By Stephanie Crohin
You may have already worked your way through our list of Tokyo's top bath houses, in which case you'll know that sento are popular for their health and relaxation benefits. But did you know many of these public baths feature exquisite artwork too? From the 680 sento in Tokyo, we've selected six of the prettiest so that even if you can't make it to Mt Fuji, you can still bathe at the foot of the sacred peak. While you're at it, read up on onsen etiquette. Some sento are slightly more lenient when it comes to onsen rules like 'no tattoos', but you should still be aware of the basic regulations. And if you're looking for the real deal, read up on our top hot spring getaways and treat yourself to a little bit of onsen luxury.
Recently restored by architect Kentaro Imai, Bunkayokusen (文化浴泉) is what’s known as a designer sento. Concerned about the survival of the sento tradition, Kentaro has become a specialist in renovating public baths, hoping to revive interest – and his efforts are paying off as younger people flock to these more modern baths. Kentaro gives each sento he works on a second life, integrating chic details while preserving the traditional atmosphere – in Bunkayokusen’s case, features such as its remarkable wooden ceiling, mosaic wall and mural of Mt Fuji. The mural was painted by Morio Nakajima, one of only three remaining sento mural painters in Japan, who usually focus on images of Mt Fuji because people like to bathe at the ‘foot’ of the mountain. The murals are called ‘penki-e’, named after the kind of paint used, and usually feature the mountain painted in blue on one side and red on the other.
The men’s and women’s baths are slightly different, so they swap sides each day. There are three types of baths – mssage, nanobubble and cold water – and a sauna. The nanobubbles are so small that they penetrate deeply into skin pores and clean them out. Calcium and magnesium are removed from the water to make it softer on the skin. The lobby features a massage chair for extra relaxation.
Another designer sento overhauled by Kentaro Imai, Kohmeisen (光明泉) reopened in 2014 in the heart of Nakameguro’s trendy shopping area. Kentaro came up with a design that fits well with the surrounding cityscape – a soft white colour scheme and a mural of Mt Fuji created by graffiti artist Gravity Free.
There are three baths – massage, carbonated and cold water – and a sauna. A rotenburo (outside bath) is available on only one side of the sento, so the men’s and women’s sides are swapped every Friday to allow everyone to experience rooftop bathing – a rare treat in central Tokyo. The radium-rich water is good for relieving pain and fatigue.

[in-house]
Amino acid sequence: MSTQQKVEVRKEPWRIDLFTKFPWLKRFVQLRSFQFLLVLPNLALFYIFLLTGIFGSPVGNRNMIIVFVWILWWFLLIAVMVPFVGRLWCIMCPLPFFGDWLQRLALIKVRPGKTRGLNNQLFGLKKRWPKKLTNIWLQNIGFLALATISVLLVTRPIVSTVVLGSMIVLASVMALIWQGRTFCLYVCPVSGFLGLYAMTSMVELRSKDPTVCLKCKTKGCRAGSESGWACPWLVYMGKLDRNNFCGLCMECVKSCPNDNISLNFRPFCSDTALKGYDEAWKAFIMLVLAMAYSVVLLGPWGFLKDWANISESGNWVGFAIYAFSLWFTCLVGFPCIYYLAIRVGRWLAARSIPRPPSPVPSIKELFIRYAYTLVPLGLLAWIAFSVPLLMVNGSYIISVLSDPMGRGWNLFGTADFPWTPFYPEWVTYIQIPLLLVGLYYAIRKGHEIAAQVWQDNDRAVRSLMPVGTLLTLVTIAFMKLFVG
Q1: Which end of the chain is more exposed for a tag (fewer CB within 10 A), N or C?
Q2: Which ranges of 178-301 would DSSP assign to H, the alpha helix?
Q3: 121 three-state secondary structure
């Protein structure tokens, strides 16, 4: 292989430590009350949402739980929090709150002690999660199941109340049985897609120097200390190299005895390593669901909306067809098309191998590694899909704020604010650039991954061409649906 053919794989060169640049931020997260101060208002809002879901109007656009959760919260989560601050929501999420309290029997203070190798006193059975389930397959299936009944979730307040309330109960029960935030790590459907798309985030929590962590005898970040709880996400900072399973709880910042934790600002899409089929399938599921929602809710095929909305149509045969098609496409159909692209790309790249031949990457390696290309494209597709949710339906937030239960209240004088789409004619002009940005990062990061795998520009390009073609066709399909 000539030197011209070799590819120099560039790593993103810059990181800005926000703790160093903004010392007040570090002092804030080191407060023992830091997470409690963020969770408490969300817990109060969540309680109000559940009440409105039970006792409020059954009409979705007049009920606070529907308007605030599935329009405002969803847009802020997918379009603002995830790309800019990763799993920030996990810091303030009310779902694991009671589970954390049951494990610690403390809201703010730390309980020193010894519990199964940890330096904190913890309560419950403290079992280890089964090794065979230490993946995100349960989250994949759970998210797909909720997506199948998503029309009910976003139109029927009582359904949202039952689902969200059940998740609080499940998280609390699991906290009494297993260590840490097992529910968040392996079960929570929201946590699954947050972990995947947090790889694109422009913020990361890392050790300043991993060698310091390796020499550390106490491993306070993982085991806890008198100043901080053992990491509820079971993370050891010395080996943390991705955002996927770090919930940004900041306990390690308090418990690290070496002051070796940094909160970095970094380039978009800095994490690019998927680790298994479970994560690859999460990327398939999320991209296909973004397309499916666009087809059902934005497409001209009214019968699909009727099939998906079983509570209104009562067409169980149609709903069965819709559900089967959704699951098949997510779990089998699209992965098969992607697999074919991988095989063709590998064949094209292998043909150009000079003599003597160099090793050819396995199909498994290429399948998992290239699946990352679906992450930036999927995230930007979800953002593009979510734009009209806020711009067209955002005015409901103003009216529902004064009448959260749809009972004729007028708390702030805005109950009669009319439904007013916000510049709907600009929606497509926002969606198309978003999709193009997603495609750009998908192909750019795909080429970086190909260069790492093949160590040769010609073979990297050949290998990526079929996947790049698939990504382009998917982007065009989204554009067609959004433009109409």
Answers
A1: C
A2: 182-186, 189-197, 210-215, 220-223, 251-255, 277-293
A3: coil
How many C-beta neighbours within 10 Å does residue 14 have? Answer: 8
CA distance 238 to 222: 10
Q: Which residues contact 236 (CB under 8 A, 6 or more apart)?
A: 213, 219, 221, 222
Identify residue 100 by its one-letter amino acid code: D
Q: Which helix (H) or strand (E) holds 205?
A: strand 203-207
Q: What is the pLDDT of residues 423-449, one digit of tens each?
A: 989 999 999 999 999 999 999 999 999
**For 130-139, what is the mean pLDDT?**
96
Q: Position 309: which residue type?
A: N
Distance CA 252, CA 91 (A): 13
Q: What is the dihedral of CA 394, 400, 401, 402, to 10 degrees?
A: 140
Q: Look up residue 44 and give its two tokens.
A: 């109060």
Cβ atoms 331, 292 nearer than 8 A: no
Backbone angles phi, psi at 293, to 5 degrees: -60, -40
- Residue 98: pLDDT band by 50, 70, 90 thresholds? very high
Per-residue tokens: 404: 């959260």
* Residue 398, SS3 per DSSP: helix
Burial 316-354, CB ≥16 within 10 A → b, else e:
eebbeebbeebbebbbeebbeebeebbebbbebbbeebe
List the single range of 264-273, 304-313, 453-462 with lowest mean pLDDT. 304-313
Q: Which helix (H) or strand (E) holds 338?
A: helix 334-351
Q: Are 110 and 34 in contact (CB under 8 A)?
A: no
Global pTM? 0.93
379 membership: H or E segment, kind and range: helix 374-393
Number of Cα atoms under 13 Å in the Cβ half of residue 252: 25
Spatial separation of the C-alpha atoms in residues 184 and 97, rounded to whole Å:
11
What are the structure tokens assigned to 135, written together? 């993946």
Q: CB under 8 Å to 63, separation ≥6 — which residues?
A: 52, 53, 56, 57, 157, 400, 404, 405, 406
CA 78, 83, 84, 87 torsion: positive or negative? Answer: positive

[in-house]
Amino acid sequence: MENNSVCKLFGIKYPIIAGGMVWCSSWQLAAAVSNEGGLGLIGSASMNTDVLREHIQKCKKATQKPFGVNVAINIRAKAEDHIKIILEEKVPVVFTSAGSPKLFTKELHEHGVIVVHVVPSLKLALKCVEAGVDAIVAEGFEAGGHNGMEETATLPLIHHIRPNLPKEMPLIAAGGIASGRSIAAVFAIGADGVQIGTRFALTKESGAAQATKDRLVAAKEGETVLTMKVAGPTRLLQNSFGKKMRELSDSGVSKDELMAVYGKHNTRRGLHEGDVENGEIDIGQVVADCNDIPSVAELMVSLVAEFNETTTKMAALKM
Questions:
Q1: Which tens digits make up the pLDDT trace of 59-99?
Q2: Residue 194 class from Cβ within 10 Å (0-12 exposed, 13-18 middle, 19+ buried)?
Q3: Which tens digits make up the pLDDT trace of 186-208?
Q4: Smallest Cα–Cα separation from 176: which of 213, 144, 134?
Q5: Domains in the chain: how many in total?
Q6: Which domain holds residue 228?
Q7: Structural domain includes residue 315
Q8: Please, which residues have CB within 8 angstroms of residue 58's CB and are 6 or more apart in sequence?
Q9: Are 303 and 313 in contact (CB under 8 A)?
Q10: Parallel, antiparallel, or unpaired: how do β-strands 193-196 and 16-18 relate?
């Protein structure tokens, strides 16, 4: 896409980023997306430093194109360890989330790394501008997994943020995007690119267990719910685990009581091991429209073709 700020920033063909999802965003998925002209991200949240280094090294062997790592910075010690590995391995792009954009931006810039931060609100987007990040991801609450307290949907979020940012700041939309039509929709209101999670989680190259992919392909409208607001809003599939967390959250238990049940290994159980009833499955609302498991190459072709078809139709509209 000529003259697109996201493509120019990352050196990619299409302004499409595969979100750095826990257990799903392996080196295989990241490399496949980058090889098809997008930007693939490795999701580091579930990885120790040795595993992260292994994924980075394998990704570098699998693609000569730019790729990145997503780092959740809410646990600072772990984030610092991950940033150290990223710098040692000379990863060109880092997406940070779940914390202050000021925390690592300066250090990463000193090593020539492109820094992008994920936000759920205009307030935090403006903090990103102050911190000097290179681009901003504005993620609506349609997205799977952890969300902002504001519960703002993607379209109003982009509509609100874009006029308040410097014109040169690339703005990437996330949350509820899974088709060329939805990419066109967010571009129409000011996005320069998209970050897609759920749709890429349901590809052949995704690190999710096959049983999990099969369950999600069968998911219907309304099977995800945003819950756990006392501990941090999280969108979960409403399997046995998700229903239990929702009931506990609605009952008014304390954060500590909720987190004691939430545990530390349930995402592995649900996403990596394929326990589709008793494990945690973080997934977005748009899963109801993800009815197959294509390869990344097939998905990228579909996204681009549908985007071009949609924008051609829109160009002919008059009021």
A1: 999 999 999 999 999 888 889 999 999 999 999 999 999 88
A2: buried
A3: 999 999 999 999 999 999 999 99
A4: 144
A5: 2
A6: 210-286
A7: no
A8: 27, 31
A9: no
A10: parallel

A retro public bath from the mid-Showa period, Yama no yu Onsen (山の湯温泉) features a beautiful Mt Fuji painting by 79-year-old Kiyoto Maruyama, the oldest of Japan’s three remaining sento painters. Besides the main mural, there are also many smaller paintings on the bathroom tiles as well as in the steam room. Adding an extra arty touch are the original posters by illustrator and regular customer Miho Tanaka. Undoubtedly one of the most picturesque sento we’ve been to.
The round bath in the middle of the room is an unusual feature. It’s divided into two parts – one a jet massage bath and the other an aroma bath that changes its scent every day. The steam sauna room with wormwood aroma is excellent for your skin and can be used at no extra charge.
Antique pictures and celebrity autographs line the walls from entrance to locker rooms and the whole place is filled with objects and souvenirs collected by the owner, making Daikoku-yu (大黒湯) feel almost like a museum. Inside the bathroom, a mosaic mural depicts a European landscape, which the owner tells us was ‘very trendy and new’ when it was first completed 40 years ago. The men’s shower wall features a painting of Kyoto’s famous Kinkakuji (Temple of the Golden Pavilion), while the women’s side is decorated with images of Nikko.
A comfortable massage bath, cold water bath, electric bath and sauna. The men’s sauna features a spacious rest room with relaxation chairs. There are also a few fitness machines in the locker room.
Opened 60 years ago and recently renovated, Kugahara-yu (久が原湯) features a majestic Mt Fuji mosaic on its bathroom walls. The men’s and women’s sides are decorated with different colour schemes (representing the moon and the sun), but you’ll get a chance to experience both as they rotate the changing rooms every two weeks.
A spacious bath with massage jets, warm carbonated bath (from where you can watch TV), hot bath, cold bath, outdoor bath with black onsen water, steam sauna (free) and dry sauna.
We just love the red carpet in the lobby, the big painting of a cherry blossom tree on a golden background, and the charming antique mirrors at the colourfully retro Aizen-yu (愛染湯). In the bathroom, there’s an impressive 40-year-old mosaic featuring angelic, floating nymphs playing flutes and tossing flowers into the air. Sweet dreams guaranteed.
Five baths offering different types of massages, a nanobubble bath, ultrasound bath, and sauna available for men. Free wi-fi for 30 minutes per customer. Bath ducks on Sundays.